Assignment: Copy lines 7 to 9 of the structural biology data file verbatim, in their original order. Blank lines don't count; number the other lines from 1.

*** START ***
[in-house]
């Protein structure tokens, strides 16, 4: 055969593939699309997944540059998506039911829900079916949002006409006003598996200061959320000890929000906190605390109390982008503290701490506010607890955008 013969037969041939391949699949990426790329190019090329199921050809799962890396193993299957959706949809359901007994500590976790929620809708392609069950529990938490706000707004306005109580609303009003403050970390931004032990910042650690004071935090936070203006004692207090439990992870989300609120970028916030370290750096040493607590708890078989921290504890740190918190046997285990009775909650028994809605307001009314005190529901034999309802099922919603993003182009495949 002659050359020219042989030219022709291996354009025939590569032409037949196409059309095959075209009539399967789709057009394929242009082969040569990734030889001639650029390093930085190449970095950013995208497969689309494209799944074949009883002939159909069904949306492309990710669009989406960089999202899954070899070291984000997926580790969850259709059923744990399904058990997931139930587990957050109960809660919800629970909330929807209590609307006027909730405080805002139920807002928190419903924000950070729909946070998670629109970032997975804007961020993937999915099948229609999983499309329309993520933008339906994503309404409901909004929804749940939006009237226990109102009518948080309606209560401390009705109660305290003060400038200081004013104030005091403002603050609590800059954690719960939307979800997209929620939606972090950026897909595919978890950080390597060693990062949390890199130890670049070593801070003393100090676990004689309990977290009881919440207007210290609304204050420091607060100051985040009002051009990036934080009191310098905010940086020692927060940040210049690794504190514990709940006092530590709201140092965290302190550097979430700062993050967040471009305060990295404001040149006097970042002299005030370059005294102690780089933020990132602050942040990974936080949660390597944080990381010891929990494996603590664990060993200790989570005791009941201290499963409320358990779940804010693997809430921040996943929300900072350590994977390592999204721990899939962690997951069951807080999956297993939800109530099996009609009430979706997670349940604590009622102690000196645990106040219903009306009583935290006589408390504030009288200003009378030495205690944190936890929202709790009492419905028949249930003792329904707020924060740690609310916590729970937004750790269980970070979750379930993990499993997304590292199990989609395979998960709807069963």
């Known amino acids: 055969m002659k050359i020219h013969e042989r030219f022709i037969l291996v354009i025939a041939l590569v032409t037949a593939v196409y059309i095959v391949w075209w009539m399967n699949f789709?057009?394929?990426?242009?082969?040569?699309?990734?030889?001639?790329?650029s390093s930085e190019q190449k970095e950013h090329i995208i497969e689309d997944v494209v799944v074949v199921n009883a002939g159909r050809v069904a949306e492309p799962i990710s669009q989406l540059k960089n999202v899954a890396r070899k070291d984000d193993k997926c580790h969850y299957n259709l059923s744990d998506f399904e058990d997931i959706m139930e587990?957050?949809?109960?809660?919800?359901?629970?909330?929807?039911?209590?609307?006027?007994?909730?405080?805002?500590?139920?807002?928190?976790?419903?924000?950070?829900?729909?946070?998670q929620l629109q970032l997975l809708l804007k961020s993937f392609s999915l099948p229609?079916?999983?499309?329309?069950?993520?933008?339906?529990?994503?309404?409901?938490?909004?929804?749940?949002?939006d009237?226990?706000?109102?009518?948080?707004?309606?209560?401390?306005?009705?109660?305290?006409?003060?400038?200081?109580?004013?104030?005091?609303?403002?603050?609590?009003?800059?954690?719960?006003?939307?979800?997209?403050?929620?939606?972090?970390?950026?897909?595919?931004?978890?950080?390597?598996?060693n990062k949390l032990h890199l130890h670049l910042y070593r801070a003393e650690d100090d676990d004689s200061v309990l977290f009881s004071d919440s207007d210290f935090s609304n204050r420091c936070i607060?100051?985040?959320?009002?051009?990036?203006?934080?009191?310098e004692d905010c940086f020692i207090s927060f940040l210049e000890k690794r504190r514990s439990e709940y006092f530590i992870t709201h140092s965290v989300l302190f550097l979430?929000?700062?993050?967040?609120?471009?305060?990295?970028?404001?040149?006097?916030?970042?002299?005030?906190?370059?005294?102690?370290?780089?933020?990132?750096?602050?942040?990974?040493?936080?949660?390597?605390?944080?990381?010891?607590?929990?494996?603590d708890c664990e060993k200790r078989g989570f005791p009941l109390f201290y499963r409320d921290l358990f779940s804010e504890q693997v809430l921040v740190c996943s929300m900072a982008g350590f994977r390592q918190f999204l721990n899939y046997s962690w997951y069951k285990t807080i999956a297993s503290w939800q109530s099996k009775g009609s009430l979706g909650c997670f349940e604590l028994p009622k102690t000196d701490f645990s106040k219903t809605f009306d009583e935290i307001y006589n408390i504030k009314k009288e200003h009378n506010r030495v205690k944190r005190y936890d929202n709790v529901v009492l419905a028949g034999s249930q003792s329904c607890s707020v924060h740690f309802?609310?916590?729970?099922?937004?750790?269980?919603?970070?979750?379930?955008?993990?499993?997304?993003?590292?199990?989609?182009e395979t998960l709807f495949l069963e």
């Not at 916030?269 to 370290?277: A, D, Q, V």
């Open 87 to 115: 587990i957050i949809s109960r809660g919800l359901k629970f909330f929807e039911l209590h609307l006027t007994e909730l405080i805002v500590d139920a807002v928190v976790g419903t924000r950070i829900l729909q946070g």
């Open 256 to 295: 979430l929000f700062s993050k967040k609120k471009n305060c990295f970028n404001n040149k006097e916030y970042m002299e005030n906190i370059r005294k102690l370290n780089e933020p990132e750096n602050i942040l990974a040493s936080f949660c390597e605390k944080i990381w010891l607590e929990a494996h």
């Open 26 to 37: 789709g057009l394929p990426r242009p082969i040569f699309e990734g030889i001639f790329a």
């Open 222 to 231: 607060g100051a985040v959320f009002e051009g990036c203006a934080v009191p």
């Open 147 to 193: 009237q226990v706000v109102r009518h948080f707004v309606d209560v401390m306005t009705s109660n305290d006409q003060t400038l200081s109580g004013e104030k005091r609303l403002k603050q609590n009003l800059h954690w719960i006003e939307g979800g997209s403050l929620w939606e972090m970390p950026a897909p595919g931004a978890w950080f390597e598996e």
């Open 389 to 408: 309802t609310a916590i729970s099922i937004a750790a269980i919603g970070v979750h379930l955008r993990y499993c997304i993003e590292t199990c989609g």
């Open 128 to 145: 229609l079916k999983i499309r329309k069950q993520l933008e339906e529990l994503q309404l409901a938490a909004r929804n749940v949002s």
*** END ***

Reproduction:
């Open 26 to 37: 789709g057009l394929p990426r242009p082969i040569f699309e990734g030889i001639f790329a």
């Open 222 to 231: 607060g100051a985040v959320f009002e051009g990036c203006a934080v009191p």
């Open 147 to 193: 009237q226990v706000v109102r009518h948080f707004v309606d209560v401390m306005t009705s109660n305290d006409q003060t400038l200081s109580g004013e104030k005091r609303l403002k603050q609590n009003l800059h954690w719960i006003e939307g979800g997209s403050l929620w939606e972090m970390p950026a897909p595919g931004a978890w950080f390597e598996e």